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MS SQL

Posted Jun 18, 2008

Check your SQL Server using Windows PowerShell - Part 1

By Muthusamy Anantha Kumar aka The MAK

As a Microsoft SQL Server Database Administrator, when we are paged or emailed with red alerts, we tend to run some scripts, commands, or procedures to see if the status of the server looks ok. This article series is going to illustrate different methods and procedures to check the current status of the Operating system, SQL Server instances and databases etc., using Windows PowerShell.

Instead of using Vbscript, bat files, sql client executables etc., we will leverage the power of Windows PowerShell to check the various status of SQL Servers.

Pre-requisite

a.  Make sure .Net 2.0 is installed.
b.  On your desktop client machine, you need to have Windows PowerShell 1.0 installed. For install instructions click here.
c.  Your login should have access to create folders and files in the desktop client machine.

Before we dive in to the actual Checking of SQL Server, let’s do some ground work, and build the folders, libraries, etc.

At the end of this article series, there will be a Powershell library with many functions that can be sourced in any PowerShell script. One, many, or all of the functions can be called from any PowerShell script once the library is sourced.

Step 1

Launch Windows PowerShell by executing the command shown below. [Refer Fig 1.0]

%SystemRoot%\system32\WindowsPowerShell\v1.0\powershell.exe


Fig 1.0 Launch PowerShell

Step 2

Let’s create a folder using the below PowerShell cmdlet. This folder will be dedicated to PowerShell scripts, libraries and functions related to Checking SQL Server. Execute the cmdlet shown below. [Refer Fig 1.1]

New-Item -Path C:\ -Name CheckSQLServer -Type directory

You can see the result of the cmdlet below. Basically, the folder CheckSQLServer has been created Successfully.


Fig 1.1 Create new folder

Step 3

Now let’s navigate to the CheckSQLServer folder and then create the following files using the PowerShell cmdlets shown below. [Refer Fig 1.3]

set-location C:\CheckSQLServer
Notepad CheckSQL_Lib.ps1
Notepad CheckSQLServer.ps1
Notepad Pinghost.ps1

You can see that the location is changed to C:\CheckSQLServer and also it has opened three notepad windows for editing the files CheckSQL_Lib.sql, CheckSQLServer.Ps1 and PingHost.ps1.


Fig 1.2 Create Powershell scripts and library

Note: Notepad is the editor I use for editing PowerShell scripts. You are not obligated to use notepad as your editor; you can use any 3rd party editors.

Step 4

Type or copy/paste the following code in the notepad editor that opened PingHost.ps1 as shown below. [Refer Fig 1.3]

Function Pinghost  ([string] $Hostname )
{
$status=get-wmiobject win32_pingstatus -Filter "Address='$Hostname'" | Select-Object statuscode
if($status.statuscode -eq 0)
{write-host $Hostname is REACHABLE -background "GREEN" -foreground "BLACk"}
else
{write-host $Hostname is NOT reachable -background "RED" -foreground "BLACk"}
}


Fig 1.3 PowerShell Script PingHost.ps1

Save the file Pinghost.ps1 and exit notepad.

Step 5

Type or copy/paste the following code into the notepad editor that opened CheckSQL_Lib.ps1 as shown below. [Refer Fig 1.4]

#Source all the functions relate to CheckSQL
. ./PingHost.ps1


Fig 1.4 CheckSQL_Lib.ps1

Save the file CheckSQL_Lib.ps1 and exit notepad.

Note: This CheckSQL_Lib.ps1 will be updated with sourcing of new scripts like PingHost.PS1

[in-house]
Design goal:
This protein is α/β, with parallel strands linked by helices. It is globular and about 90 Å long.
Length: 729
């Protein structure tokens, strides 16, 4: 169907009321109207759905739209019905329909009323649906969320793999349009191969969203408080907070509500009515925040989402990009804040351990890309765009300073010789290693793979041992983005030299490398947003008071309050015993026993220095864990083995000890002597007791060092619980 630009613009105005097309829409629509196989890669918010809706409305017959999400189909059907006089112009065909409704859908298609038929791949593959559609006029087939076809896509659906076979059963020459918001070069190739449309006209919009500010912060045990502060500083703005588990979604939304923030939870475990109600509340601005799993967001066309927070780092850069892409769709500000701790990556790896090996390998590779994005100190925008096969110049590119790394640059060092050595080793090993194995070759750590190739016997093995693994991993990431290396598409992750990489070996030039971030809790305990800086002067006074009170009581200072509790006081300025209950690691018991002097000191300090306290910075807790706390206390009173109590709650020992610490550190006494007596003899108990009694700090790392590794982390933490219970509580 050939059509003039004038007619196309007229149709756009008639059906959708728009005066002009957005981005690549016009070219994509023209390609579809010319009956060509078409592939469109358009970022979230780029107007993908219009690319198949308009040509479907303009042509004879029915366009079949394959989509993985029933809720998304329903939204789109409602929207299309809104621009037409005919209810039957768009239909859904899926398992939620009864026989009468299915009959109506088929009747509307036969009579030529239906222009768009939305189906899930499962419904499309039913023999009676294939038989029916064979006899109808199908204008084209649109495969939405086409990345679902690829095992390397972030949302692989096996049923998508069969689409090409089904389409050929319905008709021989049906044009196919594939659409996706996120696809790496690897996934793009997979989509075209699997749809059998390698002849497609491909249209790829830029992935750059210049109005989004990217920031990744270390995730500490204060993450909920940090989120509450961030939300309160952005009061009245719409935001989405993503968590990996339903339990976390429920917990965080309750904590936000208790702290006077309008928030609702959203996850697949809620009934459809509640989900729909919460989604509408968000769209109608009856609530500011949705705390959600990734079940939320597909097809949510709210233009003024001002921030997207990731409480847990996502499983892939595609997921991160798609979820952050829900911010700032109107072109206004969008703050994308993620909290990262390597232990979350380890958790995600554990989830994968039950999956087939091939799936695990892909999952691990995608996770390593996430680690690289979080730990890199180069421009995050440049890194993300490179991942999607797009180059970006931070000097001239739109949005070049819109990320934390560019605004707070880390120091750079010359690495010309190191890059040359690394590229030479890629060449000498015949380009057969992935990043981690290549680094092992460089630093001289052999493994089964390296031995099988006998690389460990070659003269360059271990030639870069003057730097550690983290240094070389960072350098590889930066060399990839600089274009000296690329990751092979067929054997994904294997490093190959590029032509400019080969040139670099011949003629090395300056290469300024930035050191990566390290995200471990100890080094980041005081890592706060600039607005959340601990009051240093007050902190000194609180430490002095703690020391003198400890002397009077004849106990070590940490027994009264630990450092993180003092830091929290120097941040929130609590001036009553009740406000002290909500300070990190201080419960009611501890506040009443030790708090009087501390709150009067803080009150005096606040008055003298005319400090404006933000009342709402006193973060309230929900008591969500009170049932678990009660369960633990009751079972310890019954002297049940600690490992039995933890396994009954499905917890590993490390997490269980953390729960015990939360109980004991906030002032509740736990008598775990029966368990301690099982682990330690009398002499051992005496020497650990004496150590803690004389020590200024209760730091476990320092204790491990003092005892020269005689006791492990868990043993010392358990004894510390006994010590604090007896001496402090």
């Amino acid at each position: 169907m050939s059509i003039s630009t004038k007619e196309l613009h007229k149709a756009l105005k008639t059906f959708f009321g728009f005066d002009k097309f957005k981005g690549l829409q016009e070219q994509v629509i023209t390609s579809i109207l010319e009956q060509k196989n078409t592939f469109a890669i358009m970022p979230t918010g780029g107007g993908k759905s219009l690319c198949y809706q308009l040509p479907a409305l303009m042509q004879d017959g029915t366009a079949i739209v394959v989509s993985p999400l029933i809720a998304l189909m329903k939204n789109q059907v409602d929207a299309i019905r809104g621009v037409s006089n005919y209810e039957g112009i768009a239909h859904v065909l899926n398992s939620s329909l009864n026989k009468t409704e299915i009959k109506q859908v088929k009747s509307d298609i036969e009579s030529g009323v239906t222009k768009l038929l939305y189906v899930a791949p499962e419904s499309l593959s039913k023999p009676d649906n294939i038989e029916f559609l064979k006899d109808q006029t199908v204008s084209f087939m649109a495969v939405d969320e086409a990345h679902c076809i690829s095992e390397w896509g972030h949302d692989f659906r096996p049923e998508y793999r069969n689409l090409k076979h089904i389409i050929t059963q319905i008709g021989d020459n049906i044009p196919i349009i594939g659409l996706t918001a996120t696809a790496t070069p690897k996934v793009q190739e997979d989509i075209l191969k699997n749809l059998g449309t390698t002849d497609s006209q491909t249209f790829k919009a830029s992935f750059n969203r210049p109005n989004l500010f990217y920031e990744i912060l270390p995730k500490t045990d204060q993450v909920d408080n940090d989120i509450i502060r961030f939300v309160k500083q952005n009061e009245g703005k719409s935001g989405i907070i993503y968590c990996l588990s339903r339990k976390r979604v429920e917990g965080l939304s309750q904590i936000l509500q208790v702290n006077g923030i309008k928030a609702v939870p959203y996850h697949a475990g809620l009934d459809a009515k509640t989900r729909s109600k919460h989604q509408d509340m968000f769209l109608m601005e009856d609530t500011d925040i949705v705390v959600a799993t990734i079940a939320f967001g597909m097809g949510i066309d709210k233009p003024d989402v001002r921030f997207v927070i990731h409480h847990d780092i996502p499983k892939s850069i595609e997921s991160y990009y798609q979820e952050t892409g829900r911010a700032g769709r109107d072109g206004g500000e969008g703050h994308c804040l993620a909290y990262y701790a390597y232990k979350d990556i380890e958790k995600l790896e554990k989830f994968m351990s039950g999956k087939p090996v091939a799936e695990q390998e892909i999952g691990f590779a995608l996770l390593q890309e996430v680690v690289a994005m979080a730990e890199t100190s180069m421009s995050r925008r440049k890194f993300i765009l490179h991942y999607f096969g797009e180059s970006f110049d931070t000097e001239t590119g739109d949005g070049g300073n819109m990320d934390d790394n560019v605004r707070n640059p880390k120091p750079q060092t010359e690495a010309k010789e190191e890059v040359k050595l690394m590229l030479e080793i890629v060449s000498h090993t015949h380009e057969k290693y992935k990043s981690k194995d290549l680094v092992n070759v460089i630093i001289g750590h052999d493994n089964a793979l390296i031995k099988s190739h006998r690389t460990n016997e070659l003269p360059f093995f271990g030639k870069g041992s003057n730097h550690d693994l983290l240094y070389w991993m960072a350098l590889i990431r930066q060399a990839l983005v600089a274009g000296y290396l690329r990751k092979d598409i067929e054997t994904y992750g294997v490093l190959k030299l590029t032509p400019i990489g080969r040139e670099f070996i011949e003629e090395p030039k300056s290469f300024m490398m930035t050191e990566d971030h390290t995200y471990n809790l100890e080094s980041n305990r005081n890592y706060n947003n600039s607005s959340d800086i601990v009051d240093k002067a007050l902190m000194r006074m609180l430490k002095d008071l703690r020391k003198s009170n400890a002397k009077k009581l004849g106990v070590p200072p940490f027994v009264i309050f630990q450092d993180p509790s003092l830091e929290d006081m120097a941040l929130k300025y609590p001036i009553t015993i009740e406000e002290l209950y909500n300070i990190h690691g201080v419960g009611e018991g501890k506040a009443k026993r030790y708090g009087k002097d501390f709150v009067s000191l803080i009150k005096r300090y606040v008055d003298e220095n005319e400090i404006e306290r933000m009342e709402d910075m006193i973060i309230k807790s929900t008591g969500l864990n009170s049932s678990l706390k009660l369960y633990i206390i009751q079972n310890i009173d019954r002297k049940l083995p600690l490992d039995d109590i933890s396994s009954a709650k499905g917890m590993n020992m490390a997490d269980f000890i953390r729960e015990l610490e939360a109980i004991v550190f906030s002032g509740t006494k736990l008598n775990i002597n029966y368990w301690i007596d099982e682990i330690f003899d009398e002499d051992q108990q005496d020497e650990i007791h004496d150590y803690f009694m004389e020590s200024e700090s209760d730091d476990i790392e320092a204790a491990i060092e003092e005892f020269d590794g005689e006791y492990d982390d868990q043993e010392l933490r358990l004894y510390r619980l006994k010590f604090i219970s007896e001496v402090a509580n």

Sourcing basically loads the functions listed in the script file, and makes it available in the entire PowerShell session.

Step 6

Type or copy/paste the following code into the notepad editor that opened CheckSQLServer.ps1 as shown below. [Refer Fig 1.5]

#Objective: To check various status of SQL Server 
#Host, instances and databases.
#Author: MAK
#Date Written: June 5, 2008
param (
  [string] $Hostname
)
. ./CheckSQL_Lib.ps1 
PingHost $Hostname


Fig 1.5 CheckSQLServer.ps1 script

Save the file CheckSQLServer.ps1 and exit notepad.

Note: This CheckSQLServer.ps1 will be updated with new conditions and parameters in future installments of this article series.

Sourcing basically loads the functions listed in the script file and makes it available during the entire Powershell session. In this case, we are sourcing a script, which in turn is going to source many scripts.

Step 7

Execute the CheckSQLServer.ps1 as shown below. [Refer Fig 1.6]

./CheckSQLServer.ps1 PowerMachine
./CheckSQLServer.ps1 TestServer

You will see the following results, based on whether the machine is pingable or not. If the machine is reachable, the message is highlighted in green and if not it is highlighted in red.


Fig 1.6 Ping the Server

By default PowerShell scripts cannot be executed on the machine if you are using it for the first time. If you get the following error message as shown [Refer Fig 1.7] execute the following cmdlet to enable unrestricted execution of PowerShell Script.


Fig 1.7 Error on Executing any PowerShell Script

set-executionpolicy unrestricted

Note: You don’t have to execute the above cmdlet every time. Execute the cmdlet one time only.

You can check the execution policy of the current PowerShell configuration by executing the following cmdlet as shown below. [Fig 1.8]

get-executionpolicy


Fig 1.8 Execution Policy

Conclusion

This is the first part of the article series “Check your SQL Server using Windows PowerShell”. This article illustrated how to create a PowerShell script to ping the host machine. It also illustrated how to source the PowerShell function and call the function. Future installments of this series will go in depth on different features of Windows PowerShell to check various statuses of SQL Server.

» See All Articles by Columnist MAK



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